Categorized | IN OUR COMMUNITY

Solar panels supplying 10.9% of energy used at Nokomis Beach

Posted on 28 August 2017 by calvin

Installation funded by Xcel Energy, part of public/private partnership to add solar projects to five Minneapolis parks

Story and photo by TESHA M. CHRISTENSEN
The new solar power installation at Nokomis Beach is up and running, and will soon supply an estimated 10.9% of total annual energy consumed at the beach. Plus, it created more shade.

Sola rPanels at HiawathaAn 18-panel array was mounted atop a large shade structure near Sandcastle restaurant (photo right). Sandcastle remained open during the construction, which began this spring and ended in August. The panels were connected to Xcel’s equipment and began generating electricity for Lake Nokomis Park on Aug. 17.

First solar installation paid for by Xcel grant
The 7.4kW solar installation is estimated to provide 9,578-10,321 kWh per year.
The Titan 410W Mono PV Modules with reflectors were manufactured by TenKsolar in Bloomington. Installation was done by Sundial Solar and Merit Electric under the direction of Graybar Electric.

The construction cost (not including design and other related design and administration costs) was approximately $180,000.

“The project is the result of a great partnership,” said Benjamin Johnson of the Minneapolis Park and Recreation Board (MPRB). “It was primarily funded by Xcel Energy’s Renewable Development Fund, but the Minneapolis Park and Recreation Board has also provided $150,000 in funding as a match to the RDF grant.”

MPRB applied for an Xcel Energy Renewable Development Fund grant in 2013, and learned in 2014 that it was among 20 out of 67 applicants to receive funding.

The $969,741 grant helped fund five projects. The largest, at Parade Ice Garden, has 374 solar panels in 21 sections, which generates roughly 15% of the building’s annual electrical consumption. Each solar panel is paired with a reflector panel to maximize energy density.

“It’s great to partner with the Minneapolis Park Board on their energy efficiency work and their first-ever solar installation at Parade Ice Garden,” said Lee Gabler, Xcel Energy Senior Director of Customer Strategy and Solutions. “This solar array is another example of public and private partners, working together, to promote renewable energy use.”

“Renewable energy infrastructure helps to reduce the parks’ carbon footprint, and with the significant costs associated with implementation, I am thankful that we received such a generous grant from Xcel Energy to build out some sites within the system,” stated District 5 Parks Commissioner Steffanie Musich.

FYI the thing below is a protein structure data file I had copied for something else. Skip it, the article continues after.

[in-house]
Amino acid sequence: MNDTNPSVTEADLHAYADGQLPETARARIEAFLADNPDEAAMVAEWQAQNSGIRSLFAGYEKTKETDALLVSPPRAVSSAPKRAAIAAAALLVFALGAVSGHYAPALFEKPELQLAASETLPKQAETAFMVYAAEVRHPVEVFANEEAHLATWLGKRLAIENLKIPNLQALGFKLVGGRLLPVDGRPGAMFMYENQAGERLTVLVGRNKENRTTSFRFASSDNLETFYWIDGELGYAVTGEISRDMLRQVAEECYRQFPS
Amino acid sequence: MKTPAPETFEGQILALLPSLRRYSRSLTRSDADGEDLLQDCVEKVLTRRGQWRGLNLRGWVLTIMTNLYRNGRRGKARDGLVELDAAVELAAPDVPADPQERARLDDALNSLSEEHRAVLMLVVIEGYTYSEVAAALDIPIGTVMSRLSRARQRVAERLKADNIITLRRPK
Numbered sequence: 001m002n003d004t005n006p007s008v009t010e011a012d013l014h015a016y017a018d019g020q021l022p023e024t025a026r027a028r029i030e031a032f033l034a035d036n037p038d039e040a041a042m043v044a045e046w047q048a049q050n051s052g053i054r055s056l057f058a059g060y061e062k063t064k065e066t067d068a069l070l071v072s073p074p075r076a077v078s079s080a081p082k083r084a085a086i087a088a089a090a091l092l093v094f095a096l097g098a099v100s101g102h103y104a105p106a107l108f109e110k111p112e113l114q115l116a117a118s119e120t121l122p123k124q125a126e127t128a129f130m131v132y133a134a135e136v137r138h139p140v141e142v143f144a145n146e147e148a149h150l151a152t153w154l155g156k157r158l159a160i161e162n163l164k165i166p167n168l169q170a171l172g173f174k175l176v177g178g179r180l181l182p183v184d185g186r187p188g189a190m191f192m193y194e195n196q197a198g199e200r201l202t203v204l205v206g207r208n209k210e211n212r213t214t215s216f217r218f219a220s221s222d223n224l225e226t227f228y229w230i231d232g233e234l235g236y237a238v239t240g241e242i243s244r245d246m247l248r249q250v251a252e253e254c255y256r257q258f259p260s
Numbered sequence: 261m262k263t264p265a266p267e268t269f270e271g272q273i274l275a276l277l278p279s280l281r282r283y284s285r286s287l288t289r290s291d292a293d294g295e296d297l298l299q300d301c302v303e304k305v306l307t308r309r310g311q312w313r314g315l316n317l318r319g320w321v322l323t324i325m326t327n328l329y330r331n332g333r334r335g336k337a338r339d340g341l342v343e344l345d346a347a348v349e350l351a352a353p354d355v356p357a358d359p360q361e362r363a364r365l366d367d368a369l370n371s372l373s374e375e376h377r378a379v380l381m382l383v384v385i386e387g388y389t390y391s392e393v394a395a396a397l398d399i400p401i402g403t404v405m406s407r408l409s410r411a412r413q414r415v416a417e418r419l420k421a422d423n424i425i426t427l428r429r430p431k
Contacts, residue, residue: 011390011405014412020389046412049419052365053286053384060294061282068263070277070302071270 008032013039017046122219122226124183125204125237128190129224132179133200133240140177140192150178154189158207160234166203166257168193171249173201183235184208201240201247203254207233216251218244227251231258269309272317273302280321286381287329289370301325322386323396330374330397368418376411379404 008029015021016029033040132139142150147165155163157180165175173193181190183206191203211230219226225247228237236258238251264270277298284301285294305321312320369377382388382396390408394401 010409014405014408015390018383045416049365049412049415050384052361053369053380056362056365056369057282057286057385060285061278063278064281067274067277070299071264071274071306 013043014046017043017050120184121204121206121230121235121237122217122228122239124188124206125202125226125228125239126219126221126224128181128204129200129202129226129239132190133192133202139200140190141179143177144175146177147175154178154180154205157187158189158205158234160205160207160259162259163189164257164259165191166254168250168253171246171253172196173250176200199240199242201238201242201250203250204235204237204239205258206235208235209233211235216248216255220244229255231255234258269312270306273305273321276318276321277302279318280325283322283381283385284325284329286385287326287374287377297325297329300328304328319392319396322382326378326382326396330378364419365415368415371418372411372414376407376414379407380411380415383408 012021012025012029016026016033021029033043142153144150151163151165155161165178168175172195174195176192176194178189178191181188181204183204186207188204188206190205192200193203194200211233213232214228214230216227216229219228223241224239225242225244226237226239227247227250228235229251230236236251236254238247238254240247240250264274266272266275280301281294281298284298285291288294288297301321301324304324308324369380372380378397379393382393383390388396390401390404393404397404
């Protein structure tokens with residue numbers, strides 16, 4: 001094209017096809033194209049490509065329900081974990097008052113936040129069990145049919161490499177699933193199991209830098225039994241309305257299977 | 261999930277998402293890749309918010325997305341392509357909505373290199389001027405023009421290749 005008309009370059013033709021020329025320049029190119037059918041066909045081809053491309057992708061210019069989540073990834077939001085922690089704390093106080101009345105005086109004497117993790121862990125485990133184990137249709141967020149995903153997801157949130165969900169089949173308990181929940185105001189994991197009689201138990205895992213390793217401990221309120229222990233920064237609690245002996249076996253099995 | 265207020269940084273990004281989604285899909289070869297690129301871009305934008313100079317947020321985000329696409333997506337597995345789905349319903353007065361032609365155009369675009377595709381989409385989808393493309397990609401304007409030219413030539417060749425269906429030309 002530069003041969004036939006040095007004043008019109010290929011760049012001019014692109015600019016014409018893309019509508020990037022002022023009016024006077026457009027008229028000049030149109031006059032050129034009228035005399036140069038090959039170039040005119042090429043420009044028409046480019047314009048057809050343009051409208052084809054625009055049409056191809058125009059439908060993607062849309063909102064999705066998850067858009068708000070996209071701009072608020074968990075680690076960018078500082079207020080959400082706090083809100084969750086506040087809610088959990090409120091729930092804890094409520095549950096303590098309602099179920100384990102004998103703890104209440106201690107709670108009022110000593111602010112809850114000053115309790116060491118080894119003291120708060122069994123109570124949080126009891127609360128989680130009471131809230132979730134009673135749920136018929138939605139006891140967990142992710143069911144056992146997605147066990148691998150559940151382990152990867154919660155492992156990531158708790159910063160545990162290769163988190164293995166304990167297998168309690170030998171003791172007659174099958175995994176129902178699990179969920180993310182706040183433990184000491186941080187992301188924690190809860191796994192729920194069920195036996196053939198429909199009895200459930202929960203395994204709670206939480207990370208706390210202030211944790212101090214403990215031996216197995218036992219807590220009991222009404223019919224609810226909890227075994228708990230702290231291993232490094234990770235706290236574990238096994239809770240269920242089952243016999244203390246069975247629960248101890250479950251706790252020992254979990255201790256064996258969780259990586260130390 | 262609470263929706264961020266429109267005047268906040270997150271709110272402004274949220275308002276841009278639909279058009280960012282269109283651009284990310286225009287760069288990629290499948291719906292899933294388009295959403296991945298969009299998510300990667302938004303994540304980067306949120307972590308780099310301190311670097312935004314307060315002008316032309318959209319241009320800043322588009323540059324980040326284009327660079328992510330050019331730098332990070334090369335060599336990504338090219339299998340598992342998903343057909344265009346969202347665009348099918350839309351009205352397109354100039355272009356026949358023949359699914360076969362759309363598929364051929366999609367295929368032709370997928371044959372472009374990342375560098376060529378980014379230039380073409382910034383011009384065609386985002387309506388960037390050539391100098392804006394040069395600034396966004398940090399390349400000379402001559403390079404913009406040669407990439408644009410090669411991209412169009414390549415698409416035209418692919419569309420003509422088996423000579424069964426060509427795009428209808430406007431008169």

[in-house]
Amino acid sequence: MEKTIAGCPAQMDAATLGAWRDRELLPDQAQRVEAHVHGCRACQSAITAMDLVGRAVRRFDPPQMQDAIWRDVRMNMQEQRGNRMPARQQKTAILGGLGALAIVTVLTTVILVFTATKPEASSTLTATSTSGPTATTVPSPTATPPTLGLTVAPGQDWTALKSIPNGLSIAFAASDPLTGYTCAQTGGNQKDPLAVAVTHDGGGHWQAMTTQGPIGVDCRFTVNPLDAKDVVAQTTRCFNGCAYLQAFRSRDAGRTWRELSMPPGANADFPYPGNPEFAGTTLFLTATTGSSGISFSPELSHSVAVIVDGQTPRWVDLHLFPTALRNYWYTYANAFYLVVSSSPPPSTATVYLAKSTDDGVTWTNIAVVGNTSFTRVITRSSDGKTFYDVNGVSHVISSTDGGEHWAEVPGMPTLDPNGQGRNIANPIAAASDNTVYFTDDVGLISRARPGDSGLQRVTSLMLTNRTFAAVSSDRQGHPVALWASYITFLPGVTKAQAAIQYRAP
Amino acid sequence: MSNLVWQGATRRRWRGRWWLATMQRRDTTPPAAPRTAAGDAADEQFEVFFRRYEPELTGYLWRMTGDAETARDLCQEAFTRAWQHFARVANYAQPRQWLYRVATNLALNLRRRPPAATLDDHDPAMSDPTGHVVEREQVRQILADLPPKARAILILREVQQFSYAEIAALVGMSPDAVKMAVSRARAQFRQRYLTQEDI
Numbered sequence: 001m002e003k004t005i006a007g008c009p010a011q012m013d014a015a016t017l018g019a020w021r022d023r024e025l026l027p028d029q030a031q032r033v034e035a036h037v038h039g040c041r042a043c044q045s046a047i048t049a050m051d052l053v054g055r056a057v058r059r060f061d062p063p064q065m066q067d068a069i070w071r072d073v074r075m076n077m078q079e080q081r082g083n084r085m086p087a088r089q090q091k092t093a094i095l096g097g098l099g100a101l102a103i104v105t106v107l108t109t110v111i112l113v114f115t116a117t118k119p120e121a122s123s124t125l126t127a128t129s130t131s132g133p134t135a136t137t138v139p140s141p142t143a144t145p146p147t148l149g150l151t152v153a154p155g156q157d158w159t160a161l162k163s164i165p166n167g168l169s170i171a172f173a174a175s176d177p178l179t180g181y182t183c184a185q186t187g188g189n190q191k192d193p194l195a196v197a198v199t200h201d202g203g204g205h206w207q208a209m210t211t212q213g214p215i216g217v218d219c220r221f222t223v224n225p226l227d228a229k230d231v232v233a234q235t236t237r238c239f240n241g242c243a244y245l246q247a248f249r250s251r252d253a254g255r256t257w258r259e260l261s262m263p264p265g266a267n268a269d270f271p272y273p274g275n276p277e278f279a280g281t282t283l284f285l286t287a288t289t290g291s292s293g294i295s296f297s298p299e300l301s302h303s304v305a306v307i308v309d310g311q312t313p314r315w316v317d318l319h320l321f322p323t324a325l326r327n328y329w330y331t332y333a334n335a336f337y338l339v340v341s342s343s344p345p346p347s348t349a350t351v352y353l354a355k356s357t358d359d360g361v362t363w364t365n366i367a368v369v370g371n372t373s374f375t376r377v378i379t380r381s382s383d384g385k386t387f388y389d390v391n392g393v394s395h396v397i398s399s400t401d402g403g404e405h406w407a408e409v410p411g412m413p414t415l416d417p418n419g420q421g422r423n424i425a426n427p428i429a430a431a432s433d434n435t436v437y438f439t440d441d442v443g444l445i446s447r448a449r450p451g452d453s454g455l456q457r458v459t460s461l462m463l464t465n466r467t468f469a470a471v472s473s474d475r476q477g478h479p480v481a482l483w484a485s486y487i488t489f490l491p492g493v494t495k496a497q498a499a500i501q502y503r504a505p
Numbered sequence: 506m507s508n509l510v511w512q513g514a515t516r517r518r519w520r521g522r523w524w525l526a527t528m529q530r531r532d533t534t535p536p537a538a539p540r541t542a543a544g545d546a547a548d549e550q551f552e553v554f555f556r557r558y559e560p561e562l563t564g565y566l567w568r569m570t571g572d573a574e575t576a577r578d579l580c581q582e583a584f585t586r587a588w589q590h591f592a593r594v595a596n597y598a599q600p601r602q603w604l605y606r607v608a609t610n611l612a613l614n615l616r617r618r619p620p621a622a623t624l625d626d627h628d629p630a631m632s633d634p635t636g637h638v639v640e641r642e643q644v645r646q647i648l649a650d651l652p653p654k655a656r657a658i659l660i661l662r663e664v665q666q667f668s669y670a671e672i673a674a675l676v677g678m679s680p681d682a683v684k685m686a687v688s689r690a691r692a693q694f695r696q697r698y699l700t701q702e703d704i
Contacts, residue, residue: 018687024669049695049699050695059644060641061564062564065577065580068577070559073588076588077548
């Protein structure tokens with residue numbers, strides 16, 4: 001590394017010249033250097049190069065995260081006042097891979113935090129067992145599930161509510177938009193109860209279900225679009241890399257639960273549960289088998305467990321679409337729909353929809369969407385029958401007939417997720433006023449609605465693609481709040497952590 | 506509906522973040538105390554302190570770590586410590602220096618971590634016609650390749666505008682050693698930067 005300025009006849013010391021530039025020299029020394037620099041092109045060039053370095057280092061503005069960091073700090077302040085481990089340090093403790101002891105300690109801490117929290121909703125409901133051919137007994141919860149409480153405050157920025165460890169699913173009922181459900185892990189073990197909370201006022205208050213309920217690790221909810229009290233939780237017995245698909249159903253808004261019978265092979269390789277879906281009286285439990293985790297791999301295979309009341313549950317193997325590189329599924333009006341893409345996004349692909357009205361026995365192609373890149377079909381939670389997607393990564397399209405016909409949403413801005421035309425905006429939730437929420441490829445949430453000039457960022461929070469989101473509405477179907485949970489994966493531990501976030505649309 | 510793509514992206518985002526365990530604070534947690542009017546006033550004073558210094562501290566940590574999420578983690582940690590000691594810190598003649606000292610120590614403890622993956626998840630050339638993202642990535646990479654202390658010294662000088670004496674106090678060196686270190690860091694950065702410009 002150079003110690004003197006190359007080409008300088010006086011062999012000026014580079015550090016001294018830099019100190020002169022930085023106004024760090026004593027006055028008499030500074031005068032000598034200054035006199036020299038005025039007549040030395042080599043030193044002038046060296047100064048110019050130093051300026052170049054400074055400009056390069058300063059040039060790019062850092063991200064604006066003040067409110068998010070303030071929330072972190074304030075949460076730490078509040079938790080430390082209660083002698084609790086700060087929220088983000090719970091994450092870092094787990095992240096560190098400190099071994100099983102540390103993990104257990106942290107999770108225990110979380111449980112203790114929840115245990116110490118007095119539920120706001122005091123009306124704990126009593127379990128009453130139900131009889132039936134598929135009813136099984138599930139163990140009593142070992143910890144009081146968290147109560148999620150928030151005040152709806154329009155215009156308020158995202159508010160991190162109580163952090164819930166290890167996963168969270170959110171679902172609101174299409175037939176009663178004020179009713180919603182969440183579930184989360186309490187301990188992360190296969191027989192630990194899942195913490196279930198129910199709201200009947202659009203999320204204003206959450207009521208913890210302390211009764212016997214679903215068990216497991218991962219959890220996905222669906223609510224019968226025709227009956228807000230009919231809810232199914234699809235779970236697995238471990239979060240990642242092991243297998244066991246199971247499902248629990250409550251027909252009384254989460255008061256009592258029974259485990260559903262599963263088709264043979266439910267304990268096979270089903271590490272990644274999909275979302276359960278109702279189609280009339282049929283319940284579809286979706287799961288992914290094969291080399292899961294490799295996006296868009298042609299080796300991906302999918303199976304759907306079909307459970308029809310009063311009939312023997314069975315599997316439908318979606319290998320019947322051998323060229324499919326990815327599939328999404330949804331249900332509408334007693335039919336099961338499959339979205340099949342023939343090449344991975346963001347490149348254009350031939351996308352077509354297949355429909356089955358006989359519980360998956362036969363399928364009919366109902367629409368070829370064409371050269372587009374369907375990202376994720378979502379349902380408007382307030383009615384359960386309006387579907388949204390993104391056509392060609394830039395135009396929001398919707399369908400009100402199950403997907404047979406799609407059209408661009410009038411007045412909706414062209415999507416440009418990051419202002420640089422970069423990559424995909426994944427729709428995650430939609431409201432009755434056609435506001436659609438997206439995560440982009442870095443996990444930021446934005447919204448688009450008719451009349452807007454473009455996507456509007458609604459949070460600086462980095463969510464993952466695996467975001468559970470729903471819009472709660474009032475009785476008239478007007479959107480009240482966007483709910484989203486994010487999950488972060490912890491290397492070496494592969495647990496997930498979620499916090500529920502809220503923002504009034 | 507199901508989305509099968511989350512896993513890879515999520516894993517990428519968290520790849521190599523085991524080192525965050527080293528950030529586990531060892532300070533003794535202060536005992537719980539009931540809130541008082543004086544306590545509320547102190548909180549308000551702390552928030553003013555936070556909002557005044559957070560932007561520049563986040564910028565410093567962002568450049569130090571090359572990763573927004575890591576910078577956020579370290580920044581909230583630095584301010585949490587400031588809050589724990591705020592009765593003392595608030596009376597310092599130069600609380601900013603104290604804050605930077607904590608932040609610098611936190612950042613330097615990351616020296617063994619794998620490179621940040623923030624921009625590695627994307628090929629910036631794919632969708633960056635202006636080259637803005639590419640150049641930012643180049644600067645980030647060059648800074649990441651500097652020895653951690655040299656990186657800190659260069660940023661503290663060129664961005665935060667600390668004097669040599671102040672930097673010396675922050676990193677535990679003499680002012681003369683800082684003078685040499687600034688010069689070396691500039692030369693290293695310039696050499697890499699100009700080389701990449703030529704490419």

Nokomis site one of five
Solar panels have also been installed at Webber Natural Swimming Pool (on pump house roof); East Phillips Community and Cultural Center (roof); and Rev. Dr. Martin Luther King, Jr. Park (roof of the multipurpose room).

Project locations were selected based on solar orientation (to maximize sunlight exposure), public visibility and distribution across the Minneapolis park system, according to Johnson. Roof capacity and roof longevity were major factors in determining the location for the major installation at Parade Ice Garden.

The original plan to install solar panels at the Lake Calhoun Refectory (Tin Fish) was scraped because the building needed extensive structural modifications to support a solar system. The new Northeast Athletic Field Recreation Center is expected to receive a small roof-mounted solar system in 2018, but it will not be funded by Xcel RDF grant due to timing and funding constraints.

Annually, the combined projects produce roughly 280,000 kilowatt hours, offset 400,000 pounds of carbon, and reduce MPRB electricity bills by roughly $28,000.

The projects also include interpretive and educational programming opportunities about sustainable solar energy for both children and adults in Minneapolis parks.

A mounted educational sign will be installed onsite at Lake Nokomis this fall. The sign will provide information about solar energy and specifics about the Nokomis solar installation. Also, small signs containing a QR code that can be scanned to view a video about the projects will be installed on nearby picnic tables.

“Providing demonstration projects using solar energy makes solar production visible to the community. This supports a culture around promoting renewable energy and sustainability,” remarked Johnson.

Solar benefits
These solar projects not only benefit park users but city residents in general.

“Each solar installation reduces our carbon footprint. Our carbon footprint is the total amount of greenhouse-gas emissions from fossil fuel,” pointed out Johnson. “When we reduce our carbon footprint, it reduces the amount of natural resources we consume.”

Solar power reduces the need to expand the electrical grid, which saves everyone costs on utility bills, as well as natural resources needed for expanding the electrical grid for increased demand.

Solar energy is a ‘clean’ energy source in comparison to other types of energy generation. Photovoltaic solar power makes no noise, creates no emissions, has no moving parts, uses no water or other fuels and requires very little maintenance.

Using solar energy not only saves on electrical costs in the short term but may also be a good long-term investment. Energy prices are rising while the cost of a solar installation is dropping.

This project supports local solar production.

All of the solar installations used solar modules that were reviewed by the Department of Commerce and designated as Made In Minnesota.

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